3 Steps to Make Your Triathlon Transition Effortless

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  • Matt Cook
  • |
  • May 11, 2017 9:00:00 AM

3-Steps-to-Make-Your-Triathlon-Transition-Effortless.jpgDid you know that your triathlon transition time is included in your overall race time? If you perform well in the swimming, cycling, and running portions, but take too long to change your clothes, you could end up with a disappointing time. To get a good time in your next triathlon, it’s important to pay attention to your transition time. Here are three steps to make your triathlon transition effortless on race day.

1. Practice Your Transition

When you’re training for a triathlon, you spend a lot of time training for the three individual disciplines. Many training plans have you swim twice a week, bike twice a week, and run twice a week. After all that practice, your skills will improve. However, you may not be including any transition practice in your routine. You need to practice something to get better at it, and that applies to transitions, too.

The easiest way to practice your transitions is to include them in your brick workouts. If you’re not doing brick workouts yet, it’s time to start. During brick workouts, you train disciplines one after another, which simulates the real race. Brick workouts are usually bike/run, but you should also practice the transition between swimming and biking. After you finish your first workout, change your clothes and equipment, just like you would during a real race, and move on to the second workout.

Transitions can be clumsy and slow at first, but in no time, you’ll become more efficient. If you’re having trouble improving your transition time, try filming yourself during your transitions. You can then look at the video to see inefficiencies or errors that are slowing you down.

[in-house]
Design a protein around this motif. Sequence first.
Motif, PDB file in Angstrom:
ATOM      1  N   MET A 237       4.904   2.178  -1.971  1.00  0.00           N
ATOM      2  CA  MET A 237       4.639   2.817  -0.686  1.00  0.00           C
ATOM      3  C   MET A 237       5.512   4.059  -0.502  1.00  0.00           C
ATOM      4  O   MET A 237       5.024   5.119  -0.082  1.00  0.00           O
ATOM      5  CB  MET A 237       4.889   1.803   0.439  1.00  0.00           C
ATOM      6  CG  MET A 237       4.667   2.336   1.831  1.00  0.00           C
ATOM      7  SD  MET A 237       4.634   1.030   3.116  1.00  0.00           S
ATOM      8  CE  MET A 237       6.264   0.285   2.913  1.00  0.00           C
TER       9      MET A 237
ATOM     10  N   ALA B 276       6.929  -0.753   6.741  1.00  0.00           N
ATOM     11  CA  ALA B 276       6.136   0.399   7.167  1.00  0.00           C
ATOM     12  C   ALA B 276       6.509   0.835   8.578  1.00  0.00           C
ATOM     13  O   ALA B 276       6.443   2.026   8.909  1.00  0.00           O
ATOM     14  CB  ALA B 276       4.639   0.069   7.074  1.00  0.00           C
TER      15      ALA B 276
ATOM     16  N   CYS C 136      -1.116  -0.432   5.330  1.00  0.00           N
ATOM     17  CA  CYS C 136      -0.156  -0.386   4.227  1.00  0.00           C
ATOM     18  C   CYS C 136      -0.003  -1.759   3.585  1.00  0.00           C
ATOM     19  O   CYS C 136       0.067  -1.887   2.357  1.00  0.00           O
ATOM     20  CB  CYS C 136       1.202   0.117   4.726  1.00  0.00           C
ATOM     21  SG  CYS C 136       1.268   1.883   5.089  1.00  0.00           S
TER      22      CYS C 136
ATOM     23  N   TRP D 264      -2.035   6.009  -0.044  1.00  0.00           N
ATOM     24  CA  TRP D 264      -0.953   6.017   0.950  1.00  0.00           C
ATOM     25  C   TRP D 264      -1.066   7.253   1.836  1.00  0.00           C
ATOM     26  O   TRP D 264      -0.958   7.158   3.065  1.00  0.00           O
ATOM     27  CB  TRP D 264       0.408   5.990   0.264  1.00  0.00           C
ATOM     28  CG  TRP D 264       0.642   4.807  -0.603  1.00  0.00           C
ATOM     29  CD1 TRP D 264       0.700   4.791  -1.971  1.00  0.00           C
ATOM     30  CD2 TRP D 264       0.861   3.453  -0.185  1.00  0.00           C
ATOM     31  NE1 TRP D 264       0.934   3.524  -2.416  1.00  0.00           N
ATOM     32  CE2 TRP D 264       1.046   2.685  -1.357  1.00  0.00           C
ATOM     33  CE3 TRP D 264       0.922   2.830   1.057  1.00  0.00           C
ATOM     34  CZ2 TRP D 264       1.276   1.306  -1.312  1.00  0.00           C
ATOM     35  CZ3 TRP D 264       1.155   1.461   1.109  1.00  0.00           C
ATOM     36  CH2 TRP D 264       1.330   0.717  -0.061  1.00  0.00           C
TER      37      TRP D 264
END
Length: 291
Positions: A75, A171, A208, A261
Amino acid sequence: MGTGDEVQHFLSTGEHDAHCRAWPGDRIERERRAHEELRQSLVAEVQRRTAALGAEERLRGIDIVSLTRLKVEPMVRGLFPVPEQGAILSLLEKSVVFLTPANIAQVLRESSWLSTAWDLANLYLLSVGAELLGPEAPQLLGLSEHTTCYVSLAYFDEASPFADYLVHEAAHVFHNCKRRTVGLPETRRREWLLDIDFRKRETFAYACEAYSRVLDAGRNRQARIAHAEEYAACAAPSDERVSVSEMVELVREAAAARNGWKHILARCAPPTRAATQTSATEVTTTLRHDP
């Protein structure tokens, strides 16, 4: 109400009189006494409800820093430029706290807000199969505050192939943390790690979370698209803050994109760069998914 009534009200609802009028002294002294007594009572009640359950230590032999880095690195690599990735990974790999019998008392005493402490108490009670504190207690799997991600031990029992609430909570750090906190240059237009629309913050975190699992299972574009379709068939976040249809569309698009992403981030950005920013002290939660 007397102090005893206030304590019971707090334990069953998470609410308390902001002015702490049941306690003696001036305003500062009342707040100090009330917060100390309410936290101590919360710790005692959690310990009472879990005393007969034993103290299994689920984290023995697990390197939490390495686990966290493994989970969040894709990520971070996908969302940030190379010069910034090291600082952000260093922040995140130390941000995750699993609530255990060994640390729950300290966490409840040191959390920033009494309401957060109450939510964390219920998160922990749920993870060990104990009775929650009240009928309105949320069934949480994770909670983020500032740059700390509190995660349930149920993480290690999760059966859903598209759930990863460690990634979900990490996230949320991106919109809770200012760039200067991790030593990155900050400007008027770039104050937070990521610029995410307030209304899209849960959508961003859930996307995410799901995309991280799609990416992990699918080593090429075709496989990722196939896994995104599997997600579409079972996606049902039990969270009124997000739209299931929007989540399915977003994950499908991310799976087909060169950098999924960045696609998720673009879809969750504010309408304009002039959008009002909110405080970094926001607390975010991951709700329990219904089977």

2. Wear Multi-Purpose Clothing

Are you wearing different clothing for each leg of the race? Changing all of your clothes between each leg takes a lot of time, and it’s not necessary. To save time during your transitions, wear multi-purpose clothing. When your clothing is suitable for more than one leg of the race, you have one less thing to worry about in the transition zone.

Swapping your current racing clothes for a tri suit is an easy way to save time in the transition zone. Tri suits are designed specifically for triathlons, and they’re available in both one- and two-piece models. These suits are designed to be used for all legs of the triathlon. After you finish the swim portion of the race, you can hop on your bike in your tri suit, and when it’s time to run, you can keep wearing your tri suit. This saves a lot of time.

If you don’t want to wear a tri suit, try to choose other clothing that can be used for more than one leg of the race. For example, if you’re wearing a pair of cycling shorts for the bike leg, and switching to a pair of running shorts for the running leg, find a pair of shorts that works well for both. Cycling shorts with removable padding are a good choice.

3. Don’t Rush

When you’re in the transition zone, it’s tempting to rush and to try to get through the zone as quickly as possible. Rushing can actually slow you down since you’re more likely to make mistakes when you’re in a hurry. If you’re moving so quickly that you’re dropping things or forgetting to put on important gear, you’re just going to slow yourself down.

Instead of rushing, calmly and steadily work through your transition routine. Pace yourself, and make sure you do everything right the first time. If you did enough triathlon transition practice during training, you should be on autopilot during your transition.

Topics: Triathlon Training


Matt Cook

Matt Cook

Father of 3 and former competitive swimmer, Matt completed his first Ironman 70.3 in 2013 in Muskoka. He has since completed another 70.3 and is planning on doing a full Ironman in 2016 or 2017. Matt took up triathlons for the challenge, to relax and to just to stay in shape so he can enjoy life with his family.

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